Random Thoughts on Road America

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Another successful trip to Road America is in the books. If you’ve never been here before, you’re probably a little tired of the way Susan and I rave about it. If you’ve been here – you get it. Much like post-Indianapolis 500 blues is a real thing, so is the depression we feel as we pack up and head back home today, after being up here since Thursday.

As for the race itself, the first half was not the most scintillating I’ve seen. Then again, it’s hard to know exactly what is going on – especially when we jumped from vantage point to vantage point for photos and just good viewing angles.

We began the race inside Turn One. As the cars cross the starting line two-abreast at the crest of the hill, they race downhill toward the 90° right hander at Turn One. Remarkably, they all made it through. After about three laps, we ran down to Turn Five, which is one of the most popular and, consequently, most crowded area on the track.

Television does no justice to that turn. It does not show the long downhill stretch leading down to Turn Five, nor are viewers able to tell how steep the climb is toward the Corvette Bridge and the blind Turn Six. It was too crowded for Susan to get to where she could get any pictures. We sat in the stands there, but after a few laps – we were on the move again. We went outside the track over to Turn Fourteen. From there, we could watch the cars climbing up the hill from Canada Corner and setting up to make the final turn on the circuit before heading up the steep hill of the front straightaway to the start-finish line.

A few laps there and we went to the top of the hill beside the Corvette Bridge There is a very busy concession stand up there and a large hillside, where many park themselves and sit throughout the whole race. We sat there for a while, before moving on again to other locations.

With about ten laps to go, I left Susan by Victory Lane while I went to the media center to start writing my race wrap-up post. Susan is very good at getting positioned for Victory Lane photos and she excelled again yesterday. I was actually in the media center watching the NBC coverage when Josef Newgarden lost his gearbox with two laps to go.

Of course, I won’t really know what I witnessed until we get home and watch the replay. I know we will get a lot of questions answered. I don’t know how Jack Harvey went from starting second to finishing seventeenth. Nor do I know how Scott Dixon started thirteenth and finished fourth – except that he’s, well…Scott Dixon.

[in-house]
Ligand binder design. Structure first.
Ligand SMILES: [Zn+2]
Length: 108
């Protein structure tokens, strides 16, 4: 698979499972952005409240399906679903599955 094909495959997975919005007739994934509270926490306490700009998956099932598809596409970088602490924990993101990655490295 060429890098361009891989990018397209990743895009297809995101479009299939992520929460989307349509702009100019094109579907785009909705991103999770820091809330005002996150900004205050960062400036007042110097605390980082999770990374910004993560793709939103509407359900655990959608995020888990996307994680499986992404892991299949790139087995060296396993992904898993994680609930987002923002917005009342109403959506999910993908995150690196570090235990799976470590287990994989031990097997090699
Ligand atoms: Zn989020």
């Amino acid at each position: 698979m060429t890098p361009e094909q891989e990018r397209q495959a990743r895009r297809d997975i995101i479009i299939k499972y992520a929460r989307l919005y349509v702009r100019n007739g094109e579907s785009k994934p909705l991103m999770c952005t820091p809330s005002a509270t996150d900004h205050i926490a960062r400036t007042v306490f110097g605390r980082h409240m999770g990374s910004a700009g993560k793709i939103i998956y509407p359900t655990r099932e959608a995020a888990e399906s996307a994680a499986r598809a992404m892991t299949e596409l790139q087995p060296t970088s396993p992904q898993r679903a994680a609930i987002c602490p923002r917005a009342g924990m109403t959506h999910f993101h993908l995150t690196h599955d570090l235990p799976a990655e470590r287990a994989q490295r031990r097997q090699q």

I’m not one to go to a race, plugged into a scanner and staring at my phone to follow timing and scoring. I can do that at home. When at the track, I want to enjoy the whole experience. This is the place to do that. So, we will probably watch the relay tonight when we get home.

TV Coverage: Obviously I don’t have much to say, since I only saw the last few laps – but I do know that Kevin Lee was in the booth, and I see that as a good thing, I don’t dislike Leigh Diffey like several do, but I think Kevin Lee does a good enough job that he could be handed the keys to the big chair full-time. I have read on Twitter where there were about a million promos for the Nashville NASCAR race that immediately followed the IndyCar race. I’m hopeful that NASCAR returns the favor when IndyCar arrives in my hometown for the Music City Grand Prix in August.

Still Impressed: I continue to be impressed with “rookie” Romain Grosjean. He was strong through practice and then qualifying, but unlike some – that translated over to the race as well. But it’s his demeanor outside of the car that has gotten my attention.

On Friday, we were eating lunch at Honda Hospitality, who always puts on a big spread for the media, IndyCar officials, Honda teams and drivers and various guests. We are lucky that they have gotten to know Susan over the years, so they put up with me.

Anyway, while we were eating lunch on Friday, Grosjean came in by himself for lunch. He sat down at the table next to us and was very affable with everyone at the table. We didn’t go up and strike up a conversation with him, but he seemed like a genuinely nice guy with no visible sign of any ego. That’s rare for any driver, much less one that spent the last several years in Formula One.

After he got out of the car yesterday, he was all smiles. He said (paraphrasing) that he had never had so much fun in a race car. He seems to love it here in IndyCar and the fans seem to gravitate towards him.

His on-track performance has been impressive too. Although he missed the three oval races so far, he is still eighteenth in points – ahead of fulltime regulars James Hinchcliffe, Ed Jones and Dalton Kellett.

Not All Perfect: For the last several days, I’ve written a lot of superlatives about Road America – but there were a few changes I didn’t care for. There were a lot more restrictions than we’ve seen in the past – and I don’t think those were directed by the track. Barber had a lot more restrictions back in April, but that was blamed on COVID protocol. Talking to a couple of security guards, these changes came from IndyCar. Golf cart access was curtailed in a few spots that once had free access, namely in the hospitality area where Honda was set up. That has always been open until this year.